LOVERRO: Sale of the team is the silver lining behind another disappointing season

Must read

Another season has come and gone, taking with it the promise and pain that comes with being a Washington football fan.

One difference this year — the promise came at the end of the season, not the beginning.

Around here, the optimism of September is usually long dead by January. But on Sunday, even though the Washington Commanders were playing a meaningless game to close out another mediocre season, there was a sense of hope in the stands at FedEx Field as the final seconds ticked away.

The team has holes all over the roster, a big question mark at quarterback and a coach who seems to be overmatched by the demands facing the franchise, but hope flickered nonetheless.

After all, the win over the visiting Dallas Cowboys may very well have been the franchise’s last game under the ownership of Skipper Dan the Sailing Man.

Were there angels singing as the clock ran down to zero?

The playing field now shifts from Ghost Town Field to Bank of America, the investment firm hired by Skipper Dan to consider offers from potential buyers.

Last month the Washington Post reported that Bank of America “is poised to send what amounts to a prospectus for the team to qualified potential buyers who agree to the required confidentiality provisions, according to two people with knowledge of the process.”

It is of the utmost importance to move that process forward quickly. So if you are a Commanders fan or a disenfranchised Washington football fan who desperately wants to return — and you’re a Bank of America customer — call your bank manager. Tell them that you want to make sure Bank of America is doing all it can to move this sale along promptly.

Tell them it’s important to you, so much so that you’ll move your business to another bank if you find out this process is a sham. Better yet, go to the bank and tell the bank manager to their face. Heck, when’s the last time you’ve been to your bank? You’re due for a visit.

Tell them it is in the public interest for this sale to happen as soon as possible. Tell them it is in the interest of your mental health and thousands of others. Tell them that while NFL Commissioner Roger Goodell has no “expectations” on when the sale will take place, you do have expectations, and you expect your bank not to take part in some sort of phony sale scheme by Skipper Dan.

Even if you aren’t a Bank of America customer, call them or stop by and say you’re willing to give them your business if they can use some leverage to force this sale to happen before the next NFL owners meetings in March.

Why the sense of urgency? Because Washington football fans shouldn’t have to waste yet another season — another year of their lives — walking in the desert with little hope of real change. That’s what another year of Ron Rivera (22-27-1) as the Commanders head coach represents — another year in the desert.

If the sale doesn’t happen quickly, then it’s more likely whoever the new owner is won’t be able to take over the franchise in time for their best chance to make a coaching change. Keeping Rivera on might wind up being a convenient choice given the calendar.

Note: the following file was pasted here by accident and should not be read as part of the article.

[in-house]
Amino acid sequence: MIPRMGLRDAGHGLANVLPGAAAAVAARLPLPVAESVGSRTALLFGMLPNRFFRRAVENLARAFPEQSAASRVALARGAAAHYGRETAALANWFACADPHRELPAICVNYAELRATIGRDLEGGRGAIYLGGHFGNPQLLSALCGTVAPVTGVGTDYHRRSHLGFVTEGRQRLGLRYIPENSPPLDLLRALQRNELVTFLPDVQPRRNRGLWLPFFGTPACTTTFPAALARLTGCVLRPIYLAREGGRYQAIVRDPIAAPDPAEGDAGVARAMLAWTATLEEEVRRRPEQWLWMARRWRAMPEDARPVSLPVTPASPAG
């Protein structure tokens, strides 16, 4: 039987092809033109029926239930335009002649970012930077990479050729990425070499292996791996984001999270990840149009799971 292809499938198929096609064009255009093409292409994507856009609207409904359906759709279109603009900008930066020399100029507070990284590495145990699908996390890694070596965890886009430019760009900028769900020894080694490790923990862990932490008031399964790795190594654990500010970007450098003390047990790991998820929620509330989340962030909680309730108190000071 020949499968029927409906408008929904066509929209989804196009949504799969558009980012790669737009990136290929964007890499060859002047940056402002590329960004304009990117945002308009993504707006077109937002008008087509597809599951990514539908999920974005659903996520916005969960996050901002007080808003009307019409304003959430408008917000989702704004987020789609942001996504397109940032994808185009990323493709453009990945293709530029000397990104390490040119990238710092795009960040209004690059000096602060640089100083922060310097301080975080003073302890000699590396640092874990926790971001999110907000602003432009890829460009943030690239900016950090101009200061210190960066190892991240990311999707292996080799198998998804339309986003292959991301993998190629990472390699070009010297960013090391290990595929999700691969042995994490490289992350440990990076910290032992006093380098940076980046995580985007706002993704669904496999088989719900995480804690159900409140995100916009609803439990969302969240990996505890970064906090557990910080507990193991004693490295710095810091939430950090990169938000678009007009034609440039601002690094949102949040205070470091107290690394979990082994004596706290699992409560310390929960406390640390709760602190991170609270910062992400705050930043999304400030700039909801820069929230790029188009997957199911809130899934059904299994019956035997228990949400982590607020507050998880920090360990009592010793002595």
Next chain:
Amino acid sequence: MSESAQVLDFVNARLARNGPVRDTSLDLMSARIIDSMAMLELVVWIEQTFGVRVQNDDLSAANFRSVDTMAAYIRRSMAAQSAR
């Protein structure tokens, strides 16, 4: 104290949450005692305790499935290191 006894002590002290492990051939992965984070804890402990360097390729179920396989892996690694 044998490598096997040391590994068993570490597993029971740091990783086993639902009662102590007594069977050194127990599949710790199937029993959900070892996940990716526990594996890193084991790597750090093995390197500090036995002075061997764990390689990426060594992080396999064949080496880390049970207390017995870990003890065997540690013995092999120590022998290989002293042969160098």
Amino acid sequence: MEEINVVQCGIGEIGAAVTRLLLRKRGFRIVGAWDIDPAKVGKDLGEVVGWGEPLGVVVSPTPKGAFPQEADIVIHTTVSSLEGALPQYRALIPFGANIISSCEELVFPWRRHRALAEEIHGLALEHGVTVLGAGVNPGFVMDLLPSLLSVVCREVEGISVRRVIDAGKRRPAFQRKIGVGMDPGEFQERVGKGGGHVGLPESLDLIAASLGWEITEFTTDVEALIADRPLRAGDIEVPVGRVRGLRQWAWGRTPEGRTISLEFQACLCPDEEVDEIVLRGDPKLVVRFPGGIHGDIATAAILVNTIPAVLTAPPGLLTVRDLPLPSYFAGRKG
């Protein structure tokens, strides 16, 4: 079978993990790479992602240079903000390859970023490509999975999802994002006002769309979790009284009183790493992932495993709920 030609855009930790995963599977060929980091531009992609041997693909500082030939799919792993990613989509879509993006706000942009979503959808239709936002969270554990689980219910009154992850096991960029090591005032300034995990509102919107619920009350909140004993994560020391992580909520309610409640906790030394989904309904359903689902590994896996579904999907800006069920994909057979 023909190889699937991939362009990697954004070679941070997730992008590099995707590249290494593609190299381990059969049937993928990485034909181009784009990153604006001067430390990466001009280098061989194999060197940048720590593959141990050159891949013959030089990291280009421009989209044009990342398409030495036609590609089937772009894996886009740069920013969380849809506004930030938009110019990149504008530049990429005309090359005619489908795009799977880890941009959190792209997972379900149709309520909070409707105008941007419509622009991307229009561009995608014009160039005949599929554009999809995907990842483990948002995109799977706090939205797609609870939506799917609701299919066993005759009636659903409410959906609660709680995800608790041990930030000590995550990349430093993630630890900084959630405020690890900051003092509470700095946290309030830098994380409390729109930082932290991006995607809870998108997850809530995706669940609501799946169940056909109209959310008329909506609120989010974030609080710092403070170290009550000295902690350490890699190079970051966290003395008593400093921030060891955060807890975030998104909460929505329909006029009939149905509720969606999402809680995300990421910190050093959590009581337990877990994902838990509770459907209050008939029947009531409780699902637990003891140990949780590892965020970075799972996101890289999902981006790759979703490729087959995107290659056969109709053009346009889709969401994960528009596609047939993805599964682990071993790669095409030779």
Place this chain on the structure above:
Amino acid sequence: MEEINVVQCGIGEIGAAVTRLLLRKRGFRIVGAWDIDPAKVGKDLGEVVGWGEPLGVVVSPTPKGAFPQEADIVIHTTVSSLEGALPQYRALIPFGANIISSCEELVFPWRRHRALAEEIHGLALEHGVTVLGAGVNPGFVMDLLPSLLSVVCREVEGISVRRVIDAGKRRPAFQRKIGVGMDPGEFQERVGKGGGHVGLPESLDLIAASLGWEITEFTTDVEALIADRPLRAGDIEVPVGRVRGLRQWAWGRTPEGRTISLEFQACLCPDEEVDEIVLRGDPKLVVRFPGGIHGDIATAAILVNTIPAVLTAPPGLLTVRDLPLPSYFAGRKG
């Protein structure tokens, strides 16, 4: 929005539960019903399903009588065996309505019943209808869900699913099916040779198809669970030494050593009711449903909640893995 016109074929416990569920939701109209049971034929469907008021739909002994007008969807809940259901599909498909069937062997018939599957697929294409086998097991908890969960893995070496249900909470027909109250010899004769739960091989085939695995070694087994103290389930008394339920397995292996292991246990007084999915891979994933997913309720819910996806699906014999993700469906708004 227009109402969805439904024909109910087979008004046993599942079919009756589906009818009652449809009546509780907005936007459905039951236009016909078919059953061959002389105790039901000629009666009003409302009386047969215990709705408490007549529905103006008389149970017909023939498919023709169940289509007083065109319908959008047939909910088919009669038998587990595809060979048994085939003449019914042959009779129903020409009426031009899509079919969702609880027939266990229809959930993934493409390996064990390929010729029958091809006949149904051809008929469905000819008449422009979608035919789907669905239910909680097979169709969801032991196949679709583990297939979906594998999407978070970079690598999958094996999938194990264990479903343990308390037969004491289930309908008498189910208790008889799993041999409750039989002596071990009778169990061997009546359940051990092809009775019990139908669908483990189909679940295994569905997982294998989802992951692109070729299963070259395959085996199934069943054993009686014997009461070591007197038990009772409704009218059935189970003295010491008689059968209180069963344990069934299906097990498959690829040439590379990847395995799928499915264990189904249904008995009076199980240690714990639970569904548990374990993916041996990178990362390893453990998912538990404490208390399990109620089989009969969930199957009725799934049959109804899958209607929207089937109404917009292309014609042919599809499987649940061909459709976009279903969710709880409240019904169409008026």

That would be bad news for the new owner and for those Washington fans excited about Skipper Dan’s exile to England and the hope of real change.

As Rivera likes to say — and as he repeated after the game Sunday — the quarterback will determine this team’s future on the field. “It is about the quarterback making the plays that he is supposed to make, managing the game when he needs to manage the game,” he said. “And then every now and then, when you need a big play, make the big play. I’ve said that before and I really do believe that’s a big part of what we need to get to.”

Rivera is not capable of finding that quarterback. He’s made one poor decision after another, from agreeing to embrace the owner’s quarterback, Dwayne Haskins, after taking the job in 2020 to trading three draft picks for a quarterback who had become a pariah in two organizations, the Philadelphia Eagles and the Indianapolis Colts, and then paying Carson Went $28 million.

Rivera made a boneheaded decision to bench Taylor Heinicke after the quarterback went lost two games to a couple of playoff teams — one of them a Super Bowl contender in the San Francisco 49ers. Rivera made the decision to start the helpless, hopeless Wentz against a weak opponent like the Cleveland Browns only to lose and cost his team a playoff chance.

Rookie quarterback Sam Howell started Sunday and led the Commanders to the upset 26-6 victory — but the first-year player’s success just raises more questions about Rivera’s decision to put the team’s fate in the hands of Wentz.

Rivera wanted a “spark” for his team in the Browns game and went to Wentz instead of Howell. After Howell’s debut, that decision now stands as another indictment of the coach’s ability to make judgments about the most important position on the field.

“We did some good things you’d like to believe,” Rivera said last week. “Now we had some opportunities we didn’t capitalize on, and that’s on us. That’s on me. But in the end, I feel good about that.”

You can understand why a coach with just three winning seasons in 12 years in the NFL would feel good about that.

No one else should — especially your banker.

You can hear Thom Loverro on The Kevin Sheehan Show podcast.

More articles

Latest article